After an 8.5 percent plunge in China’s Shanghai Composite Index on Monday (bringing its loss for the month to a negative 21 percent), a drop in the U.S. Dollar and the U.S. crude oil benchmark, West Texas Intermediate, slipping below $39 a barrel, futures on the Dow Jones Industrial Average at 8:27 a.m. are flashing an ugly opening in New York, with a potential loss of as much as 648 points. (That could materially change before the market opens at 9:30 a.m.)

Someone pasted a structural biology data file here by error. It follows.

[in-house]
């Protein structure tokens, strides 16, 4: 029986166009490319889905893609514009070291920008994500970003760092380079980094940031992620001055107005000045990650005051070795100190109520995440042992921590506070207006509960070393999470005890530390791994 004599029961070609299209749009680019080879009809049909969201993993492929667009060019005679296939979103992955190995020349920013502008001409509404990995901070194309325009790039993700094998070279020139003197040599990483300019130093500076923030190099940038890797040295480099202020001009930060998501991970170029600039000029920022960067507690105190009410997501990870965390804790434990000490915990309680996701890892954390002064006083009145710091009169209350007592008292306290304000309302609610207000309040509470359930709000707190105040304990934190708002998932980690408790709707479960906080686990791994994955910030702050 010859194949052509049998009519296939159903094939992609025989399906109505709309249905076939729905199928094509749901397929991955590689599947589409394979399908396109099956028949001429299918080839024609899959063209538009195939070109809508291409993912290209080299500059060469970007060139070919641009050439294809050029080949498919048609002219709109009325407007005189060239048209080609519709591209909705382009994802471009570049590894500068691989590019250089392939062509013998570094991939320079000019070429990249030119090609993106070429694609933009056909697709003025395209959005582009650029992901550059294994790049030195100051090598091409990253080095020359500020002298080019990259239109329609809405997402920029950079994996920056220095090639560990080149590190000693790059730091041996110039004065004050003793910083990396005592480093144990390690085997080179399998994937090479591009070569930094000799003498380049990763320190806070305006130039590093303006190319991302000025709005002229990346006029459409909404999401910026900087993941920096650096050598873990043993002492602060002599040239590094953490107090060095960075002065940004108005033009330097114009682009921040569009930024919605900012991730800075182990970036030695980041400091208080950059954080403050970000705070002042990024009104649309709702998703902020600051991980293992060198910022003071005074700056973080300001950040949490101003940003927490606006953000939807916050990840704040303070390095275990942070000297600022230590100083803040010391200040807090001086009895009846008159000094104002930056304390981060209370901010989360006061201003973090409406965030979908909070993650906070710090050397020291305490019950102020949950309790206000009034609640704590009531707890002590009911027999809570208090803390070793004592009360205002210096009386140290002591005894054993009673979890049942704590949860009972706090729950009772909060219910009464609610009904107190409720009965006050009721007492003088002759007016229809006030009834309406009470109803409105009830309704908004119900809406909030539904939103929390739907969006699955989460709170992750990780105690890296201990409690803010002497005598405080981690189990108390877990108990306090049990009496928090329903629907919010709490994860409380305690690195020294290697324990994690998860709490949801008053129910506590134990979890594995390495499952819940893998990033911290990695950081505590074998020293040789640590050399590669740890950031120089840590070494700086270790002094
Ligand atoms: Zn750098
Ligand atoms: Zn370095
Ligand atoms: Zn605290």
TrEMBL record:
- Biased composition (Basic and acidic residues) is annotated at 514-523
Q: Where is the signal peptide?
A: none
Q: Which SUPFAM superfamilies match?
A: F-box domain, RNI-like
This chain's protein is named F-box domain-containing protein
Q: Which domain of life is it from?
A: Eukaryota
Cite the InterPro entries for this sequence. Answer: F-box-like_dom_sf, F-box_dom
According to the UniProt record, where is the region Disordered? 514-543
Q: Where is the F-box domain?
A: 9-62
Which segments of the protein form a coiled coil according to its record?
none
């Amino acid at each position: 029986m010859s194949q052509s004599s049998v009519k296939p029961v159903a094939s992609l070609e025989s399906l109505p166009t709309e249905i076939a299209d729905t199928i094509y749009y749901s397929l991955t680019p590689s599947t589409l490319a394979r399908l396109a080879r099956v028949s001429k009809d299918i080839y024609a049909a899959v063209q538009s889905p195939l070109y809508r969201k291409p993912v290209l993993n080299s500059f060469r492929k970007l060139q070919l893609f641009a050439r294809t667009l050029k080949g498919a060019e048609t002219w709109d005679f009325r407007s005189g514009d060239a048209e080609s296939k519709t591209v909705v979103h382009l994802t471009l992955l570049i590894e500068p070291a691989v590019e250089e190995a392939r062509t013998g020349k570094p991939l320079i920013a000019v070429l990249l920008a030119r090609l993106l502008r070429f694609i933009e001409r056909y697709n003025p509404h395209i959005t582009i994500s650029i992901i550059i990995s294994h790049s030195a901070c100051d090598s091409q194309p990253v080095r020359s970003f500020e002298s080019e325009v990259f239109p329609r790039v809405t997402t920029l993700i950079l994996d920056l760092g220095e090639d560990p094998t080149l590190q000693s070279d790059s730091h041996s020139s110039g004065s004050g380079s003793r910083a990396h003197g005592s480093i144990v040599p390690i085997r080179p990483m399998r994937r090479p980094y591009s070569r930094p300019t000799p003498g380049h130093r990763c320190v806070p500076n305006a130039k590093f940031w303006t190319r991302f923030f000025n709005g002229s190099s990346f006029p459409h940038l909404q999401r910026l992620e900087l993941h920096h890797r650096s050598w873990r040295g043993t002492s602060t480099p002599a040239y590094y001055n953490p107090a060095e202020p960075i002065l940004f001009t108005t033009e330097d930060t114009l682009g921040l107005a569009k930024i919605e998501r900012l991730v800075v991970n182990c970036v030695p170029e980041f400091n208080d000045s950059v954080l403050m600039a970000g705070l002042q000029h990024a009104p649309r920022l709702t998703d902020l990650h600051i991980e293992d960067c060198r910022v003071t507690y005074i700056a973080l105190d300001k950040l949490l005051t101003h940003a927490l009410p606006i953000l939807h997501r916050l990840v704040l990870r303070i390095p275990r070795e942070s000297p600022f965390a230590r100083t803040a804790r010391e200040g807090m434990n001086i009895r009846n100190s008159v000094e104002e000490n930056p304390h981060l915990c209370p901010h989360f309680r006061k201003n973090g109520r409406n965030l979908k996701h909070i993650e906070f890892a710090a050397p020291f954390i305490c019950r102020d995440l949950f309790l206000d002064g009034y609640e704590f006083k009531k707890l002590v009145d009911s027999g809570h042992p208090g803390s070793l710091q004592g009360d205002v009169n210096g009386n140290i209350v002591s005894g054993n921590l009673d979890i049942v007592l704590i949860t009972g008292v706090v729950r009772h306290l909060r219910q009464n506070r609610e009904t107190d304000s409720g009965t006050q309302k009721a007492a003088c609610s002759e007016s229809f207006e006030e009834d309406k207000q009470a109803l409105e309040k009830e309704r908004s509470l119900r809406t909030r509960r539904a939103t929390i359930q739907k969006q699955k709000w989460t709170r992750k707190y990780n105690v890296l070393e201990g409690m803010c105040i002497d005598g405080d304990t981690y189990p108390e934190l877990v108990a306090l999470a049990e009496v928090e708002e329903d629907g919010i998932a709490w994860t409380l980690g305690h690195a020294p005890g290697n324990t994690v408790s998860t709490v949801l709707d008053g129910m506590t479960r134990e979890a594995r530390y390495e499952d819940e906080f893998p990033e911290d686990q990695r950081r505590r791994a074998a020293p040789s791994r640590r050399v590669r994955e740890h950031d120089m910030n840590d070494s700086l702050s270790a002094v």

Mainstream media seem obsessed with what actions the central bank of China might take to stem the rout while also focused on debating if this means a rate hike from the Fed is off the table. The Fed, unfortunately, can only talk about hiking or not hiking since it’s fired all its bullets and has no rate cuts to offer should the U.S. economy need a monetary boost.
What no one seems to be talking about is the serious drubbing the shares of the too-big-to-fail Wall Street banks took on Thursday and Friday of last week. That’s not something that should be swept under the rug when markets are behaving like the early days of the last financial crisis in